Monday 30 May 2016

T-27a tankette

This is my 3d-printed Soviet T-27a tankette in 1/100 (15mm) scale, along with a Peter Pig WW1 British artilleryman for scale.

I thought it turned out pretty well, for a WSF print.


This is my 3d-printed model of the WW1-vintage Russian Garford-Putilov armoured truck, based on the chassis of the American chain-driven Garford lorry. It served throughout the First World War and after, used both by the Soviets and organisations like the Freikorps. Apparently the Germans even encountered some outside Leningrad (?) in WW2, though they didn't last long.

It really needs to be printed in FUD, because in WSF it's lost most of its rivets, and rivets are unequivocally good.

Saturday 28 May 2016

The Mighty Bob Semple Tank

Behold, the mighty 15mm Bob Semple tank, in all its majestic glory!

The colour scheme is somewhat conjectural, as nobody seems to know for sure exactly what the colours were. The darker colour was definitely green, but the lighter tone might have been red-brown (as here), a lighter khaki-green, or possibly even a darkish yellow ochre. Other markings are completely absent in any of the photos I've seen — no serial numbers, no national or tactical markings. I imagine that if it had ever actually gone into action, it would have been supplied (very briefly) with those things.

Friday 27 May 2016

Latest Shapeways Booty

Here's the latest batch of my 15mm models, received from Shapeways this morning, all in WSF nylon.

I've de-sprued turrets, scrubbed them down with a toothbrush to remove any excess nylon powder, and sprayed them with a pale grey primer to make it possible to photograph them, but that's all that's been done to them thus far.

They are, from left to right:

  1. Bob Semple tank (New Zealand, WW2)
  2. Garford-Putilov armoured truck (Russia/Soviet Union, WW1—WW2)
  3. T-27 tankette (Soviet Union)
  4. T-24 medium tank (Soviet Union)

The limitations of the 3d printing process and material shows up most starkly in the steeply-sloped glacis of the Garford-Putilov's turret. The print layers are very apparent there. However, overall I'm quite pleased with them. As I've mentioned before, WSF isn't adequate for scale modelling purposes, but for wargaming models it's just fine.

Desktop stereolithography printers for high-resolution resin printing are available now for well under $US5,000, so I'm hopeful of being able to afford one of my own before senility sets in irretrievably.

Wednesday 25 May 2016

Vickers Medium Mk.III update

I've done nothing new today, but what I have done is remodel my 15mm (1/100 scale) Vickers Medium Mk.III quite extensively.

I wanted to try to get the price down a bit, and I did succeed — I managed to knock a couple of bucks off the price in WSF, but pretty much halved the price in FUD. So that's nice.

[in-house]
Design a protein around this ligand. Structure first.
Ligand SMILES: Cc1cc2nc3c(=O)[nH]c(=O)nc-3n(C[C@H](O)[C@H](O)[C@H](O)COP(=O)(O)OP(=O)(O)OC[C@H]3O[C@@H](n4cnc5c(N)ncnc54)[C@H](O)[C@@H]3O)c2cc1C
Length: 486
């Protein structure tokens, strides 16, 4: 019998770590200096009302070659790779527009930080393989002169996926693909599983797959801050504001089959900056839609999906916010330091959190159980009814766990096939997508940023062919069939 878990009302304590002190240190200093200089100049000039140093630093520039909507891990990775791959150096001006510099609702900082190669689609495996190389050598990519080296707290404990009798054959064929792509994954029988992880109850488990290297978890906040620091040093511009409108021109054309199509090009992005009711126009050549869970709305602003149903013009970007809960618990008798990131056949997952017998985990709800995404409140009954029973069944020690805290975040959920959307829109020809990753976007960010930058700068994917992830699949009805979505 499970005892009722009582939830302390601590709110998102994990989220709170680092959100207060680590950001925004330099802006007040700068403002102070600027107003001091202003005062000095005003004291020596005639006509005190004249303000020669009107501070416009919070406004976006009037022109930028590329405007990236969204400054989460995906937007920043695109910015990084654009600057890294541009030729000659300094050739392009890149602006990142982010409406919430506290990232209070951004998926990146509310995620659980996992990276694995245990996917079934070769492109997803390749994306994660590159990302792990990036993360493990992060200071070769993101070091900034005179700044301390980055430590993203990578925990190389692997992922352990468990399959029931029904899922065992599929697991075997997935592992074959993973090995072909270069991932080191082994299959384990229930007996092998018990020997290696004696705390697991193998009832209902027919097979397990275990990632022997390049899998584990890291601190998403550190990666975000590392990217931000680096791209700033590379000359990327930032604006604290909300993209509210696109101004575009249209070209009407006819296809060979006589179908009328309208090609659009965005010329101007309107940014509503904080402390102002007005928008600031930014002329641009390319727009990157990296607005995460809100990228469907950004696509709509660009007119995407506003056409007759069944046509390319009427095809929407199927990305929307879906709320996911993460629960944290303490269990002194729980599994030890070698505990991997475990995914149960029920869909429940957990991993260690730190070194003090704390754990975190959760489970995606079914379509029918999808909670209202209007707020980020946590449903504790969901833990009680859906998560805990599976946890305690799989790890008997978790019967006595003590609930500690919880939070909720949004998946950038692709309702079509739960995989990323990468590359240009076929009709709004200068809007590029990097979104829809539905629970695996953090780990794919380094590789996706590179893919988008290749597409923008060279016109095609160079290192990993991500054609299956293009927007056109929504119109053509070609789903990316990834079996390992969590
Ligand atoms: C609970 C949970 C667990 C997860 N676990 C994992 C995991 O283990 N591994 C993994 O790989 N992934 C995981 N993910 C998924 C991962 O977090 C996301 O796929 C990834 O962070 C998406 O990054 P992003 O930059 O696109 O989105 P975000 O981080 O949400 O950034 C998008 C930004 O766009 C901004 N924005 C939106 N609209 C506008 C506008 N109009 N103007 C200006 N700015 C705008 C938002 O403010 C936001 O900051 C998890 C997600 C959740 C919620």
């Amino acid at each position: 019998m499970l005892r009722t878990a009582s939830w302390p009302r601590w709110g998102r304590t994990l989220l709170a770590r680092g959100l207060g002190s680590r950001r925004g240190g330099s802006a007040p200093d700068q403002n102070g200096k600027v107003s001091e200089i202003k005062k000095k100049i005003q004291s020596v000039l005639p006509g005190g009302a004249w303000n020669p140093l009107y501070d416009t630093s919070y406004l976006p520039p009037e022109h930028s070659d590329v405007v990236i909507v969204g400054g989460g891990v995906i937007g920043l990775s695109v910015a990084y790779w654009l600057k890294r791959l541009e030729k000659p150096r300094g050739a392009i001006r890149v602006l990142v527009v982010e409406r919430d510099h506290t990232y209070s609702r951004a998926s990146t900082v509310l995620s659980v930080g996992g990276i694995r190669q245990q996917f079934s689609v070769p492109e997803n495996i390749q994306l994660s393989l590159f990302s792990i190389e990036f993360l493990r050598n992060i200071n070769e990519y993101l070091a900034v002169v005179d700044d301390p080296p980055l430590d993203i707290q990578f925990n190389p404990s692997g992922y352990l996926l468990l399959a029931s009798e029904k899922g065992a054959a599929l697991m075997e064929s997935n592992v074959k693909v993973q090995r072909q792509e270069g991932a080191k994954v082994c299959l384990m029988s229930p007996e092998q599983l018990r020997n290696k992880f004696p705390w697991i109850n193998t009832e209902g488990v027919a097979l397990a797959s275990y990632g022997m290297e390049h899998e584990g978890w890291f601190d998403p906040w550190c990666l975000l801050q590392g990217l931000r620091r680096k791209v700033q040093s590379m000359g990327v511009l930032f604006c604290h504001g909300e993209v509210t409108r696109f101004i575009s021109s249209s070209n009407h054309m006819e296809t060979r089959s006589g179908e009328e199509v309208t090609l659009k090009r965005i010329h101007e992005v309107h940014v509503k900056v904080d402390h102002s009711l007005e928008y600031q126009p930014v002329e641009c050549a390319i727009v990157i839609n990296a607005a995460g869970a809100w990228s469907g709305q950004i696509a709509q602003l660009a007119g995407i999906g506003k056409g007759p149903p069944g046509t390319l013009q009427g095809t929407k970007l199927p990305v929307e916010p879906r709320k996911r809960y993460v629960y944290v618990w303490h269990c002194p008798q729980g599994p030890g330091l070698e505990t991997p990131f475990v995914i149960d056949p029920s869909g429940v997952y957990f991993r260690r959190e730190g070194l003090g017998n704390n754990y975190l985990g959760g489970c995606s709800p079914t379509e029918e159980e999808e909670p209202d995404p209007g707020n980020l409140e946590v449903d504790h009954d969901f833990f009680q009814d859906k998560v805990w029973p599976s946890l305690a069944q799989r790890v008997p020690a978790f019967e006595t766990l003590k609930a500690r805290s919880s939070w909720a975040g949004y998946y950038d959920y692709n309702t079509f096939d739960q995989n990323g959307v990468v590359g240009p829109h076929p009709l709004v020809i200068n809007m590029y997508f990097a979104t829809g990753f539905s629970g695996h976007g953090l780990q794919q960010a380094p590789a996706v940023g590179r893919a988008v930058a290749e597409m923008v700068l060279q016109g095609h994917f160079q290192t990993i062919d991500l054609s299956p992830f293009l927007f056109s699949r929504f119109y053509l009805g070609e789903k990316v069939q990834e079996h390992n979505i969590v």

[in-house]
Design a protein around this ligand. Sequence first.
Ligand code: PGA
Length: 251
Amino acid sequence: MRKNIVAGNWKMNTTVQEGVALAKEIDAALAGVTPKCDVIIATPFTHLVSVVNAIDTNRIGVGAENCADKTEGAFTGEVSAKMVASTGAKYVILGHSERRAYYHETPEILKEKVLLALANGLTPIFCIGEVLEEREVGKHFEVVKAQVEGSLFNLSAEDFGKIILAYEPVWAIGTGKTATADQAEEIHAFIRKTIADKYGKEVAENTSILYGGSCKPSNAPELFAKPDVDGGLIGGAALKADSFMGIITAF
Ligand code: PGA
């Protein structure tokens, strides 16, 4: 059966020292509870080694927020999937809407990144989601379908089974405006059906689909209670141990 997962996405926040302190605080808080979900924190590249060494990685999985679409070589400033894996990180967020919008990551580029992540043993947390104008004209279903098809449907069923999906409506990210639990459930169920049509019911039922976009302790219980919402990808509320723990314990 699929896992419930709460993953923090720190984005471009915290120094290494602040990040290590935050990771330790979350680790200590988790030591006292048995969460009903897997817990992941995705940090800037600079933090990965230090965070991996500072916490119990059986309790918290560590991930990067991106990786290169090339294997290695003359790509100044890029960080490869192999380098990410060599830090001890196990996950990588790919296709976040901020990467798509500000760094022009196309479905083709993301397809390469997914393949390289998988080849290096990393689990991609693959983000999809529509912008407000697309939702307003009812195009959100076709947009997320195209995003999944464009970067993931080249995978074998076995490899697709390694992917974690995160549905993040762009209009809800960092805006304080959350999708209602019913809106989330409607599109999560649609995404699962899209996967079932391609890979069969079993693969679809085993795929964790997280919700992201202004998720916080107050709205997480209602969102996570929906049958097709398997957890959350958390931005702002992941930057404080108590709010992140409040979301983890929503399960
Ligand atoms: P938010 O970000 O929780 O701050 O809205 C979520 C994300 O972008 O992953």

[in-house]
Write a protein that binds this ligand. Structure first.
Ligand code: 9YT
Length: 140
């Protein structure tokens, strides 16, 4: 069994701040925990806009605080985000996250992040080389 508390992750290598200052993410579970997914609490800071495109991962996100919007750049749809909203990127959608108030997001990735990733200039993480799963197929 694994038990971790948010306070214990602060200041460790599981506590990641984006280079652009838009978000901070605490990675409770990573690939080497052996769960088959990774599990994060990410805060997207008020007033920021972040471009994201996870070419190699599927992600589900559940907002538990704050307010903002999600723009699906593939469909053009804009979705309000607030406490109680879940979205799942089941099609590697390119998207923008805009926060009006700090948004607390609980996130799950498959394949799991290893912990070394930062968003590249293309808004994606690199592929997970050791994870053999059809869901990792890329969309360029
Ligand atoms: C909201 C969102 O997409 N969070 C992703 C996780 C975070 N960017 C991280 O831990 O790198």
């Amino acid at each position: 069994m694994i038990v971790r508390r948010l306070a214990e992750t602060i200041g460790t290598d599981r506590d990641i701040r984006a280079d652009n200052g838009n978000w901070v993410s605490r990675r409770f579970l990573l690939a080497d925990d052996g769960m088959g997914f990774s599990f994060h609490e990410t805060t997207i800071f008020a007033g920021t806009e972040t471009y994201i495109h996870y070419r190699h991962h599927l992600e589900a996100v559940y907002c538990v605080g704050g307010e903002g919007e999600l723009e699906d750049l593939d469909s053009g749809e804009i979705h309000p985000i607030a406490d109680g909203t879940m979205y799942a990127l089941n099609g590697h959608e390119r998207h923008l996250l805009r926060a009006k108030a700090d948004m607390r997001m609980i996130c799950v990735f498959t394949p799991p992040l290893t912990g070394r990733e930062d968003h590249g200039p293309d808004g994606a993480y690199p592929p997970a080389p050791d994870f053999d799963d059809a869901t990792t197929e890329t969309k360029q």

More importantly, I'm a lot happier with the construction now. This was my very first Blender model, and my inexperience with that programme and with Shapeways' limitations were apparent. It's better now. There's more that I could do to improve it, but not much useful stuff, so I'll probably leave it here.

It's at

Monday 23 May 2016

Sunday 22 May 2016

Humber LRC (15mm)

Not one of my own designs for a change, this is the 15mm (1/100 scale) Humber LRC (Light Reconnaissance Car) from Battlefront.

I've had these sitting around for years, and just got around to getting some paint on them. The markings are, I'm pretty sure, quite wrong — they're just a bunch of decals I happened to have to hand.

Friday 20 May 2016

Komintern Komin-up

In progress: the Komintern artillery tractor, which was based on the running-gear of the T-24.

I thought it would be a doddle, since I could just re-use the stuff I'd already done for the T-24.... and to a certain degree, that's true. Except that I had to make a new drive wheel, new idler, and new track links. But at least I did get to use the suspension and road wheels, so that's nice.

I'm tossing up at the moment whether to leave the windows blank, or make holes in the cab shell for them. I'm tending towards making them solid for painting, since I don't want to build a multi-part model, and it would be pretty impossible to get at the inside of the cab to paint seats and what-not.

Well, here it is. It's quite a beast.

It's at for $18 in WSF.

EDIT: It's now also available in 1/72 scale at

The engine housing was too rounded in my first attempt, so I rebuilt it. I took the opportunity at the same time to detail the radiator grill a bit more.

EDIT EDIT: It's now also also available in 1/285 scale at (single model) and at (sprue of four vehicles).

Wednesday 18 May 2016

T-24s by the half-dozen

I've reinstated the 6-up sprue of the T-24 in 1/285 scale for sale again, having (hopefully) fixed up the issues that were preventing it printing.

It's $16.50 at